Learning > Inspiration

Seniors hit the road for food-delivery companies

There are now about 300 delivery riders aged 60 and above - and their numbers are rising

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Janice Tai on 07 Feb 2019

The Straits Times

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The doorbell rings. Instead of a young man juggling bags of food in one hand and a smartphone in the other, a grey-haired deliveryman could be at the door.

 

There are about 300 delivery riders aged 60 and above who hit the road to send food to hungry customers, according to major food-delivery companies in Singapore.

 

This small but growing group of seniors makes up 1 per cent to 2 per cent of the companies' delivery fleet. These seniors are finding a new lease of life, riding motorbikes or electric scooters to deliver food to stay active and augment their retirement income.

 

"The numbers are very small but there are elderly persons who want and need to supplement their income, and the rise of the sharing economy can mean more freelancing job opportunities for seniors," said Nee Soon GRC MP Henry Kwek, who is a member of the People's Action Party Seniors Group.

 

"The issue is access to these roles. More can be done to strengthen their digital literacy, either by offering specific courses to seniors on how they can use such mobile apps more effectively or Workforce Singapore can perhaps work with seniors to tap the availability of such jobs."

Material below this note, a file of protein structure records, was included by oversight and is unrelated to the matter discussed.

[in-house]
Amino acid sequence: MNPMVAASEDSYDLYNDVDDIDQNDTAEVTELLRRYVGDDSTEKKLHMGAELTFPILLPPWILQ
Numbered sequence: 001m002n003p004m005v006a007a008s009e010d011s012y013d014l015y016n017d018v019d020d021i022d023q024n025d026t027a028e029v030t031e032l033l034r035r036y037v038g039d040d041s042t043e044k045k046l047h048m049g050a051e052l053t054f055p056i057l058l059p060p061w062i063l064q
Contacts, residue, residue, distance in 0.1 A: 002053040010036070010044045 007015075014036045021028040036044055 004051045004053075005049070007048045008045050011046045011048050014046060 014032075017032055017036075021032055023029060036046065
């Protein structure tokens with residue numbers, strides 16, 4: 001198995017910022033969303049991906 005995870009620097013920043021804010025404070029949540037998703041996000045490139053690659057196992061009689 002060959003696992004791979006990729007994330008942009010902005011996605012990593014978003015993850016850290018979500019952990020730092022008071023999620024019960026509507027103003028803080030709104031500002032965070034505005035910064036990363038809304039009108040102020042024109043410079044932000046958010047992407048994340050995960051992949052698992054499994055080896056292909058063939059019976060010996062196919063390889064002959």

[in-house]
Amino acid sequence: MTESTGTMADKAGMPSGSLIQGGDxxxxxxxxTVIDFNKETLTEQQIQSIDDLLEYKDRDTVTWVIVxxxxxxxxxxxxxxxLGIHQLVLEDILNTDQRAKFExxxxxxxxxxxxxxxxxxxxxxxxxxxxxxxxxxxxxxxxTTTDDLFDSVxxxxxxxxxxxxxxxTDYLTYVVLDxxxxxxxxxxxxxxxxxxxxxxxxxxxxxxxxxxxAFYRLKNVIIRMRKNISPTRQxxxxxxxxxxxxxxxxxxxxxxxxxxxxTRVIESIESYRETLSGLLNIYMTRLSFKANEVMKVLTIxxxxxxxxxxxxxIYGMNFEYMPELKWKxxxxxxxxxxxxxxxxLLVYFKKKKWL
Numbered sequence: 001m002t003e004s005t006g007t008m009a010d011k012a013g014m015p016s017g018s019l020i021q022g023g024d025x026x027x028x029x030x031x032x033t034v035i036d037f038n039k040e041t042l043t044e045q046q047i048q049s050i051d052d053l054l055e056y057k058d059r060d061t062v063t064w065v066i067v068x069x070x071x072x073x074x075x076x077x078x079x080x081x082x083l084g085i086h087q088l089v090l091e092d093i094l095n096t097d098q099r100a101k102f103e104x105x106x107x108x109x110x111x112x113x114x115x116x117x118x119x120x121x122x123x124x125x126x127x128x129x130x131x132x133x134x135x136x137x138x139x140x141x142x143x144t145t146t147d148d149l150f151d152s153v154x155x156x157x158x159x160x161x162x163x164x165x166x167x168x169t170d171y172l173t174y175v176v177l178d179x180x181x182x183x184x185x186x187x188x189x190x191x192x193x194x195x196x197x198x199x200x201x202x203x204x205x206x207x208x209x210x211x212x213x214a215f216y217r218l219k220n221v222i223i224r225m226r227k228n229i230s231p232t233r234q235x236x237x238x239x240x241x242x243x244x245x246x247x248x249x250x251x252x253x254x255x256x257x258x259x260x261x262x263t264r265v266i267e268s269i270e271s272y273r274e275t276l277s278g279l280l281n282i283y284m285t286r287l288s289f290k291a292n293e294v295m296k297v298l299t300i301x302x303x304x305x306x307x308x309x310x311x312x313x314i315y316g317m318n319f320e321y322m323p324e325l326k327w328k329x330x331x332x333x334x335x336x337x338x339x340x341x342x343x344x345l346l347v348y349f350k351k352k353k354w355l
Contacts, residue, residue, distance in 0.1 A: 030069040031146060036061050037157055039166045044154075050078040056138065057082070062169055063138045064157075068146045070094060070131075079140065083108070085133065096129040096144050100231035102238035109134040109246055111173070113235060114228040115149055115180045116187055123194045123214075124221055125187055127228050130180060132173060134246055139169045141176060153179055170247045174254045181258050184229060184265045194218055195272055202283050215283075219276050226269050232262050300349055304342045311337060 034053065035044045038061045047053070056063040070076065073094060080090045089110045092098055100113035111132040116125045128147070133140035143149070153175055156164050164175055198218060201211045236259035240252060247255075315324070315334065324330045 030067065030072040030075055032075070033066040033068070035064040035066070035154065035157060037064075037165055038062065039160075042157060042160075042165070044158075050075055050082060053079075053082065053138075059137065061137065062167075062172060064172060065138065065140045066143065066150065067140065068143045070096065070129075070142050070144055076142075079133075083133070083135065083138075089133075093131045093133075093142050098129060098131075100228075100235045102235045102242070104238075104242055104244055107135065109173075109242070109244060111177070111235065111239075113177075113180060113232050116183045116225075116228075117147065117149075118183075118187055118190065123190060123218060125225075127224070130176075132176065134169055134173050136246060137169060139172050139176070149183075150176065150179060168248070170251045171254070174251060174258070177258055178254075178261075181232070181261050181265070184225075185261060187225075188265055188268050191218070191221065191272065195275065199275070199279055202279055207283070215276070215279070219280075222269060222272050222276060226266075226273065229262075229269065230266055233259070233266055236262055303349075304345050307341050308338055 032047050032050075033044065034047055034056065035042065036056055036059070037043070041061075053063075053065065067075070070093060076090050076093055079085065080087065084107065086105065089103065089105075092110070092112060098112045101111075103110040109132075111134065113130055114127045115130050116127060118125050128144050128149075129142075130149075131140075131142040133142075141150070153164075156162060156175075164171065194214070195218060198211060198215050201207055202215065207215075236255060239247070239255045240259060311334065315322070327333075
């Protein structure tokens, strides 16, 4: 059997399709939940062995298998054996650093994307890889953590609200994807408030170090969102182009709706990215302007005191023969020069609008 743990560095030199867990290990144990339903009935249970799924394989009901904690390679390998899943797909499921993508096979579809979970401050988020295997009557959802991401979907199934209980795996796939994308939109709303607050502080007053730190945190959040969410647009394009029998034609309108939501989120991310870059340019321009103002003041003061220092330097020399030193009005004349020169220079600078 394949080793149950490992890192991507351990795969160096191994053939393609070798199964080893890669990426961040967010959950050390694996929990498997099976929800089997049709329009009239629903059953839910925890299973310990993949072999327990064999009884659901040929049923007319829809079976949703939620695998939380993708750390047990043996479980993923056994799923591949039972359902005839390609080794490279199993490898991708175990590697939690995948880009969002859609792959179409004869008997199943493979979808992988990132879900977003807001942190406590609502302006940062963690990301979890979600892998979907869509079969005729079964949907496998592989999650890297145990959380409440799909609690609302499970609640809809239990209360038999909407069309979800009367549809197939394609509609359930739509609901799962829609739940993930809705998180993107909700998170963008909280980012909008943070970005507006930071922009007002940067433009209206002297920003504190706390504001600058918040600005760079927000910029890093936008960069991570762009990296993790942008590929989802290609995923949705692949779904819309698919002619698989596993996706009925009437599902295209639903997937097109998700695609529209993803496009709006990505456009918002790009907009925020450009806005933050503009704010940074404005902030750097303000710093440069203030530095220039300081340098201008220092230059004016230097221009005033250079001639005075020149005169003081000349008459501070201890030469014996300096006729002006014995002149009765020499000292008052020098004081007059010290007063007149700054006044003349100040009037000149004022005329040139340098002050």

Some riders say the job gives them the independence and flexibility to earn extra pocket money on their own schedule.

 

Others say older people are taking on jobs as independent contractors without any benefits because they may have a harder time finding full-time employment, given their age.

 

"There are similar trends in the United States, where older workers are being actively recruited for low-skill service jobs," said Nominated MP and labour economist Walter Theseira.

 

"These gig jobs are easy to get into, compared with say, security or other service jobs where you face more requirements. However, the lack of benefits and particularly insurance is a real issue."

 

Like many developed cities, Singapore faces the challenges of a rapidly ageing population.

 

By 2030, the gap between the young and old in Singapore is expected to widen considerably - the percentage of seniors will rise to 27 per cent and that of youth will fall to 10.8 per cent.

 

Singapore has around 500,000 people aged 65 and older, and the number is expected to almost double to about 900,000 by 2030.

 

At Deliveroo Singapore, 111 out of its pool of 6,000 riders are aged 60 and above.

 

Deliveroo Singapore general manager Siddharth Shanker said the job typically attracts a younger demographic of students who enjoy the flexible hours and the chance to explore different parts of Singapore.

 

Foodpanda said about 1 per cent, or 60, of its more than 6,000 riders are 60 years old and above.

 

GrabFood declined to disclose its overall fleet number but said it has about 100 delivery partners who are aged 60 and above.

 

Most of these older delivery staff use motorbikes and scooters but there are those who drive, too.

 

A third of the senior delivery riders at Deliveroo use bicycles, and a quarter of those at GrabFood cycle or walk to deliver food. About one in five of the older delivery staff at GrabFood drives to make the deliveries.